The Houston Rockets will enter the 2019 offseason once again wondering what they must do to topple the Golden State Warriors. For a second straight year, their season ended at home at the hands of Stephen Curry and company, as they couldn’t quite figure out how to take down the juggernaut in a seven-game series.
The Rockets are built to try and take down the Warriors, but one has to wonder if their window is closing a bit more rapidly than they originally hoped when they paired James Harden with Chris Paul, who is beginning to show the effects of aging. Paul has battled hamstring injuries each of the last two years, including one that forced him to watch as Houston bricked its way to a Game 7 loss in 2018. He’s not getting younger and while he’s shown flashes of brilliance, it’s clear he doesn’t have the same burst or ability to get to the rim that was once there.
Beyond the question of whether Father Time will catch up with Paul before he can break through to the Finals, there’s the question of whether two straight years of losing to Golden State will take its toll on the relationship between the star guards. Harden’s iso-dominance has transformed Houston’s offense into a much more stagnant system than what Mike D’Antoni has run in the past — and what Paul has been most comfortable in during his career. They’ve adapted to what works best for Harden and, as such, the team, but after two straight playoff exits a reckoning may be coming in the form of push back from Paul.
According to The Athletic’s Shams Charania, the Rockets starting backcourt got into it a bit about “ball distribution” after the Game 6 loss in the locker room.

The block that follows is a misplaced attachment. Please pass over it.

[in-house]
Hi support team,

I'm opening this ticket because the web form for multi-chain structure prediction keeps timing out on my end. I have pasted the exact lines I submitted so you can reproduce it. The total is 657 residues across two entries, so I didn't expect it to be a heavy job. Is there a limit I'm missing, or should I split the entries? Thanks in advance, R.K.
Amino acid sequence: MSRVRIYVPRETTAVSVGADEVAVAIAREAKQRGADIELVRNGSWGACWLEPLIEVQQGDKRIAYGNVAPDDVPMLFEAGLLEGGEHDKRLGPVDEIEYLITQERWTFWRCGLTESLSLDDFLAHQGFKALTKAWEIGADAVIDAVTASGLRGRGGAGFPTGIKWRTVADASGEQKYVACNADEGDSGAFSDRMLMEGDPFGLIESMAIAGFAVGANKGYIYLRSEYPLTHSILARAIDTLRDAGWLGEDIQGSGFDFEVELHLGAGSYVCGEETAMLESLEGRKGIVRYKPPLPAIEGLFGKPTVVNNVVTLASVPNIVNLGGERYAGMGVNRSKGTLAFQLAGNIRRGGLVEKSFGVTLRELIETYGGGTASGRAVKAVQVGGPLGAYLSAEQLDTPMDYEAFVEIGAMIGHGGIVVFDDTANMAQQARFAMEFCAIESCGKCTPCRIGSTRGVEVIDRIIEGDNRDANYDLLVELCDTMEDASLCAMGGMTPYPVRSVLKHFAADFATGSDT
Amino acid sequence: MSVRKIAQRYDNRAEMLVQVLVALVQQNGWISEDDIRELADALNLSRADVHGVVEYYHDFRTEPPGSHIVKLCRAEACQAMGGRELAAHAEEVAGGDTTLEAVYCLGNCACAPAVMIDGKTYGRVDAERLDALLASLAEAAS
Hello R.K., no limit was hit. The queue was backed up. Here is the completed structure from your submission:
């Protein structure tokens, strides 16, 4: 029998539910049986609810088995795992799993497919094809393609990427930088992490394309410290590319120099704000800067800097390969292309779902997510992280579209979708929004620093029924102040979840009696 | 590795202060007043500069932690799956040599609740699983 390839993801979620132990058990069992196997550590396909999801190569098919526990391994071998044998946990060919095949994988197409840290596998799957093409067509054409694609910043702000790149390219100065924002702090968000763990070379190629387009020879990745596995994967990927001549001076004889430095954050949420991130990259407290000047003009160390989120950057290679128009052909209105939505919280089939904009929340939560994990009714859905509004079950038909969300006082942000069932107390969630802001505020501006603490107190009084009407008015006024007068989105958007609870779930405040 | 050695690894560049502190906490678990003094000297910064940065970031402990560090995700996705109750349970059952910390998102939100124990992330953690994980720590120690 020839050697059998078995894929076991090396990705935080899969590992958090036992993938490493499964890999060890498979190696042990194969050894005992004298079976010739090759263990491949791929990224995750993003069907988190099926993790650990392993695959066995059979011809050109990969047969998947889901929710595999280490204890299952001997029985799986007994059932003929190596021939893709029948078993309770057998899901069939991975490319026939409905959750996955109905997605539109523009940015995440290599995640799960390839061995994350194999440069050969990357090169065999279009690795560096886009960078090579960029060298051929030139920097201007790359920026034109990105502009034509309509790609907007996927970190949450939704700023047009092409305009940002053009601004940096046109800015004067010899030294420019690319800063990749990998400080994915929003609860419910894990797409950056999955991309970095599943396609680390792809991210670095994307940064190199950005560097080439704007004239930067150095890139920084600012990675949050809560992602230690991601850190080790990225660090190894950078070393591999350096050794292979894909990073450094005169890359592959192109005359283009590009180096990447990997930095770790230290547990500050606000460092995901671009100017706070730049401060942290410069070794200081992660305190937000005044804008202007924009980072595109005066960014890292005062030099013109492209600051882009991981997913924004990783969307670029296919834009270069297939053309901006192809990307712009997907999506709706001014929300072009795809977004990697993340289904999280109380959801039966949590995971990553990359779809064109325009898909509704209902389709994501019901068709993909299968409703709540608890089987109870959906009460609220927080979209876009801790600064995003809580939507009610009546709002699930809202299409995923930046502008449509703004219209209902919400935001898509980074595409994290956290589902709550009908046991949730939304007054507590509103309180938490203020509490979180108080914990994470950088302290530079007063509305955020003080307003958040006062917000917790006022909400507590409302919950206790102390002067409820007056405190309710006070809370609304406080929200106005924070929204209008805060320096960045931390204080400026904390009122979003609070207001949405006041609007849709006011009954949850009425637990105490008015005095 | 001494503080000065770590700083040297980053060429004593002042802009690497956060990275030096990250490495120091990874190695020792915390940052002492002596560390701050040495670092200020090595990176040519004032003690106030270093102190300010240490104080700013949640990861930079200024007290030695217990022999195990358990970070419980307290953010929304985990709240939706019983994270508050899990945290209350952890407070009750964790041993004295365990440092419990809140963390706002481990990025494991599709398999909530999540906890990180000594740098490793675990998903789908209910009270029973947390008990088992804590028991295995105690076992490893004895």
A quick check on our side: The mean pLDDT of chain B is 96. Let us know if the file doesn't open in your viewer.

But Harden and Paul had tense moments with one another throughout Game 6, culminating in a verbal back-and-forth postgame that went into the locker room, sources with knowledge of the situation told The Athletic. Sources said the verbal exchange between Harden and Paul was regarding the ball distribution throughout Game 6. By the time the remainder of the locker room was ready to talk, Paul and Harden had gone their separate ways, with Paul swiftly making his way to the postgame podium. The Rockets dispensed with exit interviews this year, so the media hasn’t been able to ask Paul or Harden about the disappointment.
This could end up simply being the frustrations of the moment coming out, which would be understandable, but one has to wonder if this is something that’s been simmering just under the surface for Paul. There were many who wondered when he was dealt to Houston how well he would fit with Harden, not just in basketball terms, but in their philosophical approach to the game. Through two seasons, it’s worked quite well but as the disappointments in the final results stack up, the desire to make tweaks may cross the mind of Paul — and not of Harden.
As Charania notes, neither have commented on it because neither have been made available since. By the time they are, both will likely shrug it off as the heat of the moment and that it’s nothing going into next season, but it will be worth monitoring going forward. The Warriors issue, to an extent, might get taken care of on its own with free agency, but even a departing Durant doesn’t mean they’ll become a walkover. Should the two sides meet for a third straight year and the Rockets fall behind, we’ll have to watch to see if Paul becomes frustrated with their style of play.